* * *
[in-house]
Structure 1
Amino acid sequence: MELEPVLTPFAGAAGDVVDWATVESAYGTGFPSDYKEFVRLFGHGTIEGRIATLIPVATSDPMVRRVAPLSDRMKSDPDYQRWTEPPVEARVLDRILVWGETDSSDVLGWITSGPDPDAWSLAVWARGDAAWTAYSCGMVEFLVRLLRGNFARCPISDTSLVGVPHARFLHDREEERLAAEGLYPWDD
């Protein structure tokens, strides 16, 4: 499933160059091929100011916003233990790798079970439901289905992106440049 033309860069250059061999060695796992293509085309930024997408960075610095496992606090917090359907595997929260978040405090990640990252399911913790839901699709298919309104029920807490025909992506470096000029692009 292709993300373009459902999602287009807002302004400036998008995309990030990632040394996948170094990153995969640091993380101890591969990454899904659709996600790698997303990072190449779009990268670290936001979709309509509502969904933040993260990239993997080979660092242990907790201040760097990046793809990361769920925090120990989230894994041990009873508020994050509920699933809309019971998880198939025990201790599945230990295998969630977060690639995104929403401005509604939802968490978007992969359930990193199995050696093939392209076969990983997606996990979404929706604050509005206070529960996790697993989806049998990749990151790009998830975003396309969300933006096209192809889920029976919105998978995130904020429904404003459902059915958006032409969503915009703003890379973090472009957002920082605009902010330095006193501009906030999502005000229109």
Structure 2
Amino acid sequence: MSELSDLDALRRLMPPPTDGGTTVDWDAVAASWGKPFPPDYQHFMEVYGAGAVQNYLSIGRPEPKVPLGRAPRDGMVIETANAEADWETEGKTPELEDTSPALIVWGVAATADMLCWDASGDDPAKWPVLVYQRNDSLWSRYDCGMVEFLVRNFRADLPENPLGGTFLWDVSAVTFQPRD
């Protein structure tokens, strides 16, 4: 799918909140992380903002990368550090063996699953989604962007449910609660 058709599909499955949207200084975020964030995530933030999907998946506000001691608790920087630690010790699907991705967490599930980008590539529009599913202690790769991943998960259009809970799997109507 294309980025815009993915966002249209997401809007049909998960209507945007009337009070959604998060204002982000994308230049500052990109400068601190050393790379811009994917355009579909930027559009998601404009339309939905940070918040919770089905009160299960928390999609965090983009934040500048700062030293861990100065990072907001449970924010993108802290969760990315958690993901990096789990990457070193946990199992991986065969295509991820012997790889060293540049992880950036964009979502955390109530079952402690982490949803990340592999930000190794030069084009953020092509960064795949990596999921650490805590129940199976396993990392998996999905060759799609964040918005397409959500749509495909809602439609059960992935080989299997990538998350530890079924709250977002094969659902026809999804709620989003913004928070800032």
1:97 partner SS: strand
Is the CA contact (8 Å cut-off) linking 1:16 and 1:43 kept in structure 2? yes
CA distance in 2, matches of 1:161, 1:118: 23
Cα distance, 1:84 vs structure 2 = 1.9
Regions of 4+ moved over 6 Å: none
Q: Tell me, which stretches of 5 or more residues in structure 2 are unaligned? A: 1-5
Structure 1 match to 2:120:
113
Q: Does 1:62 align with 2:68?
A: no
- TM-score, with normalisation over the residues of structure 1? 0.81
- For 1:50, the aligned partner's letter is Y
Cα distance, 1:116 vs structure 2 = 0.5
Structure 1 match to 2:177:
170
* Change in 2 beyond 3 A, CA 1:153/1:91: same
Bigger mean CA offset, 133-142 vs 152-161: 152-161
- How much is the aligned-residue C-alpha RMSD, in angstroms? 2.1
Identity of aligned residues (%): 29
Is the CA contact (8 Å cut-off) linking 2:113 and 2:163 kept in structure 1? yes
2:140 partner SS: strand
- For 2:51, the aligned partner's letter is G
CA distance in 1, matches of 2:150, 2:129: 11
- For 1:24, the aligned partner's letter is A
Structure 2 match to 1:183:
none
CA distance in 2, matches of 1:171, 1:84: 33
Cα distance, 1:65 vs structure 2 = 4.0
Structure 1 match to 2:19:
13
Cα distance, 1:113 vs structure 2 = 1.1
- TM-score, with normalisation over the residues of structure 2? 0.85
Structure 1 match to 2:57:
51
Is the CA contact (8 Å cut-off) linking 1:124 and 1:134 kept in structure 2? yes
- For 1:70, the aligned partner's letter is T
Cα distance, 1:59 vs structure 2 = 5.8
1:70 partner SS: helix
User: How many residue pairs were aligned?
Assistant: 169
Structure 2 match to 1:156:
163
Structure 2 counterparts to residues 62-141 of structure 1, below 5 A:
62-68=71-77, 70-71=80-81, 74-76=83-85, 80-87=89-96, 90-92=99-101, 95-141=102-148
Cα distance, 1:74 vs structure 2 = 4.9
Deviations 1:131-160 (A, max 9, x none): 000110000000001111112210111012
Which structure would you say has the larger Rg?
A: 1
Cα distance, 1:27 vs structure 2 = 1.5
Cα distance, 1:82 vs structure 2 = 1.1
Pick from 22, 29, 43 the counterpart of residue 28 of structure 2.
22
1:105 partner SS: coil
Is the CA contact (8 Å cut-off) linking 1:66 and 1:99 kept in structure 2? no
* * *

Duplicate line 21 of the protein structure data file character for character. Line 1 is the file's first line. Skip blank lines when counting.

Structure 1 match to 2:177: